The table below presents the agreement between the quintiles created from the full wealth index in the  MICS 2019 dataset and the quintiles created by the previous EquityTool, the previous EquityTool variables with updated weighting, and the current EquityTool. As with the agreement statistics above, these figures are for the bottom 2 quintiles, middle quintile and top 2 quintiles.

       2015 EquityTool2015 questions, 2019 scoring2019 EquityTool

      The current EquityTool has the best agreement with the full wealth index quintiles and is the only one that exceeds our minimum kappa statistic of 0.75. The previous tool, even when the scoring is updated, falls short of this standard. The reason for this difference is because the 13 questions available of the original 15 questions are no longer the best predictors of the overall wealth distribution and because two of those questions were not available in the 2019 MICS dataset.

      1. Comparing the previous 15 questions and scores, and the new EquityTool (18 questions)

      Although all but two the questions in the previous EquityTool are found in the current EquityTool, we found that the 13 questions from the previous tool that were available in the 2019 MICS dataset were not enough to accurately predict wealth. Because more people may own the assets predictive of wealth in 2019 we need to add questions to differentiate people and households more accurately.

      The table below shows how the previous and current EquityTool compare, using the same population. This is analogous to a comparison of the two versions of the EquityTool on the population you surveyed using our previous EquityTool.

        Previous EquityTool Quintiles
        Quintile 1Quintile 2Quintile 3Quintile 4Quintile 5Total
      Current EquityTool QuintilesQuintile 111.66%6.51%2.47%0.11%0.00%20.76%
      Quintile 26.11%7.48%5.43%0.39%0.00%19.41%
      Quintile 31.98%5.41%9.48%2.97%0.07%19.91%
      Quintile 40.29%0.87%2.36%13.84%2.59%19.95%
      Quintile 50.00%0.00%0.00%3.20%16.77%19.97%

      The rightmost column indicates that the current EquityTool does in fact evenly divide the population into 5 groups.  The bottom row shows that using the older EquityTool also divides the population into roughly equal quintiles. The cells within the table indicate how respondents are categorized, if measured using the two different tools. Of those who are categorized as quintile 1 using the current tool, 56% of them would have been considered in the poorest quintile in the previous tool (see the first row). Similarly, for those currently categorized as in the third quintile, 14% would have previously been categorized as being in the fourth quintile. If you had used the previous EquityTool, you can expect that with the current version, your respondents will look similar, but there may be some movement of households between adjacent quintiles.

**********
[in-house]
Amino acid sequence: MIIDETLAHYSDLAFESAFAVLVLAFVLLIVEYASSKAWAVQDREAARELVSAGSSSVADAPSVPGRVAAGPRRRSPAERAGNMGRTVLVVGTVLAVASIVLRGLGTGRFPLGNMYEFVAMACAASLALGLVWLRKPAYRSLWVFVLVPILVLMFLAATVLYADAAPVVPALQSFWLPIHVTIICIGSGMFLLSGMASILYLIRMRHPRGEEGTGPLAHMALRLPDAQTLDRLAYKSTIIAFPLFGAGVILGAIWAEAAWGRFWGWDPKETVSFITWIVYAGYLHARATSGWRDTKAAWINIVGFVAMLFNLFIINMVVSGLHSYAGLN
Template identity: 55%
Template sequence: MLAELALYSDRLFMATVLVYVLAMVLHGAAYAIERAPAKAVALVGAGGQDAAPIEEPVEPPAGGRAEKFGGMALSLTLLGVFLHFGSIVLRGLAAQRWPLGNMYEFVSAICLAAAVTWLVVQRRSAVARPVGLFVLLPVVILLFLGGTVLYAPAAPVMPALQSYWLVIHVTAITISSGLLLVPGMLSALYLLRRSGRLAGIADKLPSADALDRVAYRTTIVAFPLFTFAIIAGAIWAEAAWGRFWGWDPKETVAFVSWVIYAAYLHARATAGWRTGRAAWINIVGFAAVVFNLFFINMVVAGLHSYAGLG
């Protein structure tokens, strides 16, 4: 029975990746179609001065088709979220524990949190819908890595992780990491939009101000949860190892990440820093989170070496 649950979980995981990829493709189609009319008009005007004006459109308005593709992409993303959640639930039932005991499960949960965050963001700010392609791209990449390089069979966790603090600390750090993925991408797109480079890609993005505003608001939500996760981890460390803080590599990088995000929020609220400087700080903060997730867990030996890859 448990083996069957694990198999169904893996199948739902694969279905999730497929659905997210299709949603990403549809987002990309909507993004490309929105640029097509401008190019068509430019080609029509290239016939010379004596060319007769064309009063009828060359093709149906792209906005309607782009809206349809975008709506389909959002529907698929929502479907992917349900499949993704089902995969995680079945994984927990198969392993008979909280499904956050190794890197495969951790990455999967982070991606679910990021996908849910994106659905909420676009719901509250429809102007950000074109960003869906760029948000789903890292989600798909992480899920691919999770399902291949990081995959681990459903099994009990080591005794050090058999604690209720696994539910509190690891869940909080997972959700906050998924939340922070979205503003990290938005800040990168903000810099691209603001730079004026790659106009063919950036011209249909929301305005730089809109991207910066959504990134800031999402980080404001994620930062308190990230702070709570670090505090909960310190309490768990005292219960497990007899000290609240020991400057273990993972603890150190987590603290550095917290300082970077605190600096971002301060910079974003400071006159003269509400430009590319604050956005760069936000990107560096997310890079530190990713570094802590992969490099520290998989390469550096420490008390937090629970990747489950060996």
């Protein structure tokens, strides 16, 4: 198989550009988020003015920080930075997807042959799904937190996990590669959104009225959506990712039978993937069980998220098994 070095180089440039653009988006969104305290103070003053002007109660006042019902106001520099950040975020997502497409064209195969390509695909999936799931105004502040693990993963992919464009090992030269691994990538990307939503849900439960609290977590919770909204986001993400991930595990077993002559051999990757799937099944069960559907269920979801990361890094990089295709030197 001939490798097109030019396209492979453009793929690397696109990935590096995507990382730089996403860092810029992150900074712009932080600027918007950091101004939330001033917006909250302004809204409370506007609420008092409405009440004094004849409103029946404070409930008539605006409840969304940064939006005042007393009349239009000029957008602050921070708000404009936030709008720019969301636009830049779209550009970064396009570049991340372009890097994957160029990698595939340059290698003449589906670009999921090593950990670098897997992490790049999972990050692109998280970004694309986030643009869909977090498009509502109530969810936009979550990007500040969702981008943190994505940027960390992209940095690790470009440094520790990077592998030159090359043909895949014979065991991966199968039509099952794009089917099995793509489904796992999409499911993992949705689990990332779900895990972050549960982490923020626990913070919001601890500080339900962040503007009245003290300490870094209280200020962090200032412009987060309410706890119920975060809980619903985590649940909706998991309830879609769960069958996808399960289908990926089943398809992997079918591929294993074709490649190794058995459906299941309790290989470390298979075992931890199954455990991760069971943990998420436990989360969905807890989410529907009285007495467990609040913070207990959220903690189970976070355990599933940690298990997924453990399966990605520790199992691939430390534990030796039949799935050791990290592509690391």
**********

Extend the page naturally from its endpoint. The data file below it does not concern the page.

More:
Often, we observe that the asset-based wealth distributions in a country change over time. However, in this case, the change between 2015 and 2019 in Zimbabwe seems to be minimal, suggesting there would not be significant issues associated with using the previous tool, or switching to the new one.

      Metrics for Management provides technical assistance services to those using the EquityTool, or wanting to collect data on the wealth of their program beneficiaries. Please contact and we will assist you.

      [1] From, reporting Poverty headcount ratio at $1.90/day at 2011 international prices.

      [2] From the Zimbabwe DHS 2015 dataset household recode, available at